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By Jennifer M. Fitzenberger
Arizona Daily Wildcat
December 5, 1997

Regents approve new UA heart center

TEMPE - The Arizona Board of Regents gave the UA initial approval yesterday to construct a three-story addition to the College of Medicine for the University Heart Center.

The $9.7 million project, which would provide the center with a permanent University of Arizona home, would consolidate research activities and provide space for program growth.

"They (UHC) have reached a high enough quality nationally to win gift money," said UA President Peter Likins about the privately-funded project. "It shows that excellence is being rewarded."

James Dalen, UA health sciences vice president for medicine administration, said the center's work with organ transplants is the one of the best in the world. It's cardiovascular unit is among the top 10 in the United States, he said.

Dalen said donors have already pledged $8 million for the new heart center, $2 million of which was from a single donor.

He would not reveal the donor's identity, but said the pledge is contingent upon the project being completed by December 2001. The UA plans to bring the project back to the regents for conceptual approval in February.

Regent John Munger congratulated the UA for its fund-raising efforts. He said when he was appointed to the board in 1992, building construction was solely funded by academic bonding and state funds.

"I want to congratulate you on that (accomplishment)," Munger said.

Likins said he was impressed that so much private money has been raised for a state-owned building.

"They give us money for the fact of research enterprise," he said. "Benefactors tend to put money into world-class projects."

The three-floor College of Medicine, which was designed in 1965, was originally built to hold three more floors.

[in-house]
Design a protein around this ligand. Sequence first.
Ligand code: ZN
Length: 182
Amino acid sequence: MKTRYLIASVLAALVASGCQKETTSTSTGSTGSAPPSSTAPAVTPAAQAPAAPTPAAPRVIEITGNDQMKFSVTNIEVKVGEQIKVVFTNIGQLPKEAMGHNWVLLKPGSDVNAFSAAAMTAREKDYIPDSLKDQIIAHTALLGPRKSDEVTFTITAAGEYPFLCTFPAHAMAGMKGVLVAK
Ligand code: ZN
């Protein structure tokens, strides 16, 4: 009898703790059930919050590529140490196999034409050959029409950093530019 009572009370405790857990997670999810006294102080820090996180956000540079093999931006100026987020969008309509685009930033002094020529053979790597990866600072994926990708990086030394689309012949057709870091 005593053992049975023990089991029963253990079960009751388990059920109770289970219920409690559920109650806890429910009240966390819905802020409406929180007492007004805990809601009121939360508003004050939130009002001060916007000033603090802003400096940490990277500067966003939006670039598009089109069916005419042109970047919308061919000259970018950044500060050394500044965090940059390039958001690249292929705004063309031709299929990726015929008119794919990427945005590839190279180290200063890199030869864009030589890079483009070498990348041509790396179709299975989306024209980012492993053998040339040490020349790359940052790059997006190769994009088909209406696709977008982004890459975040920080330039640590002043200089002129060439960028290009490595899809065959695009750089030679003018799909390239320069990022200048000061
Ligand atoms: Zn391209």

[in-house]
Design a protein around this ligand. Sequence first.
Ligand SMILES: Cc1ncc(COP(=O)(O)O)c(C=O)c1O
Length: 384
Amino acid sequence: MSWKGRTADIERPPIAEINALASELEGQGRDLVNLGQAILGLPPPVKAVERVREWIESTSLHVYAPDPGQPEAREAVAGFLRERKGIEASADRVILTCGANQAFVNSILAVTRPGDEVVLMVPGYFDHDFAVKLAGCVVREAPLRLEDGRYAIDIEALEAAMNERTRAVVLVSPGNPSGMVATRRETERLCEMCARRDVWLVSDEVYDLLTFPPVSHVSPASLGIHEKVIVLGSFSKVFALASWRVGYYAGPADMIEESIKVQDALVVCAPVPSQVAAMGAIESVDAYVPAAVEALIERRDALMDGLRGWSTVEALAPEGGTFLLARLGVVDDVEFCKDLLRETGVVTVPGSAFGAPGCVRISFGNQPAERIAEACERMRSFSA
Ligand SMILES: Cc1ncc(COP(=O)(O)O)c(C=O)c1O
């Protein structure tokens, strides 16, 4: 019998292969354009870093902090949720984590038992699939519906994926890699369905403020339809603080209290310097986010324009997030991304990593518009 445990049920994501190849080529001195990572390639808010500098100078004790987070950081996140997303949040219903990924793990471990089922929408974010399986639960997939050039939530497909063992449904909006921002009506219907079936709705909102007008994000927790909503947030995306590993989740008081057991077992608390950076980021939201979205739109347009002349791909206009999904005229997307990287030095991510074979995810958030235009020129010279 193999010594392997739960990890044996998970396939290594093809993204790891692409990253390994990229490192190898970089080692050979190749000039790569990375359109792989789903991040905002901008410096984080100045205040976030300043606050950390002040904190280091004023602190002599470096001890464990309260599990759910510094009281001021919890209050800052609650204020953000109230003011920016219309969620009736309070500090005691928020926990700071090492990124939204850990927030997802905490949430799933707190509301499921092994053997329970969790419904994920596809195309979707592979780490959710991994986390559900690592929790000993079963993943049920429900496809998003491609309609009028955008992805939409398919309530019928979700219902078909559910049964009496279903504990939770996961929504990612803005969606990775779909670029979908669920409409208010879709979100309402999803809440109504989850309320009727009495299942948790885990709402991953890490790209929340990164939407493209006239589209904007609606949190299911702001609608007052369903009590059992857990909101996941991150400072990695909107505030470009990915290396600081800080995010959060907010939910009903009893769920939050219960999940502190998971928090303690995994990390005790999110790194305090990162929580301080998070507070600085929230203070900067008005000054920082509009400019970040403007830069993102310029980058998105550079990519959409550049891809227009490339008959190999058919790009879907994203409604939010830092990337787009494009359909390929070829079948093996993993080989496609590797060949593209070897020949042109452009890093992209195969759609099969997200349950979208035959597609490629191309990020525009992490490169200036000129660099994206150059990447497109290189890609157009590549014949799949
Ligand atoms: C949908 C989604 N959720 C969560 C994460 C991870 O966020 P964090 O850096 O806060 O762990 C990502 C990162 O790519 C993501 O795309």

Regent Judy Gignac was concerned the construction would disrupt work being done in the rest of the building.

"If the building falls apart, I won't come back," Joel Valdez, senior vice president for business affairs, said with a laugh.

"But it was designed for three extra floors," he added.

Regent President Rudy Campbell said he was troubled about possible parking, traffic, flood and helicopter-noise problems resulting from the construction.

Dalen said there will be no significant increase in traffic around the center and helicopter noise will be minimal. Helicopters are no longer allowed to take off from University Medical Center, he said.

The board originally granted project initiation and conceptual approval for the heart center in 1989, but the proposed $16 million cost exceeded funding capabilities.

Programs that may be moved to the new facility include molecular biology, congestive heart failure and vascular biology.

In other business:

Board members, who discussed future items that may be introduced during the 1998 session of the state Legislature, said they support a proposal for the instruction of phonics in public grade schools and that it should be taught to future teachers at the state's education colleges.

"I have a wonderful wife who recently got her teaching degree through the system," said Regent Kurt Davis. "She was not taught in phonics and it has been difficult for her. To not have it as a core part of a curriculum is a mistake."

Regents also discussed a proposal to remove university exemption from state whistle-blower laws. The UA's current policy protects employees from reprisal for disclosing the misdeeds of their supervisors.

Gignac said she is not confident that Arizona's three universities, UA, Arizona State University and Northern Arizona University, correctly follow whistle-blower procedures.

"I need a little bit of convincing right now," she said.

Likins said he is impressed with how the UA handles such issues.

"The University of Arizona has done a magnificent job," he said. "How can we persuade you that what we are doing is right?"

Tomorrow at the meeting:

Because of the pending expansion of the College of Law, the UA will ask the board for permission to build a new Chi Omega sorority house, which is currently located adjacent to the law college. UA officials want to buy property on the southeast corner of East First Street and North Highland Avenue for the new house.

The existing house is located at North Mountain and East Helen streets.

The UA and ASU law colleges will request a $750 tuition increase to live up to new national standards, provide increased library services and help subsidize law student financial assistance programs.

Christine Thompson, Associated Students Association executive director, told the board today she is against the increase.

"Tuition is set in the spring," she said. "This item creates a dangerous precedent."

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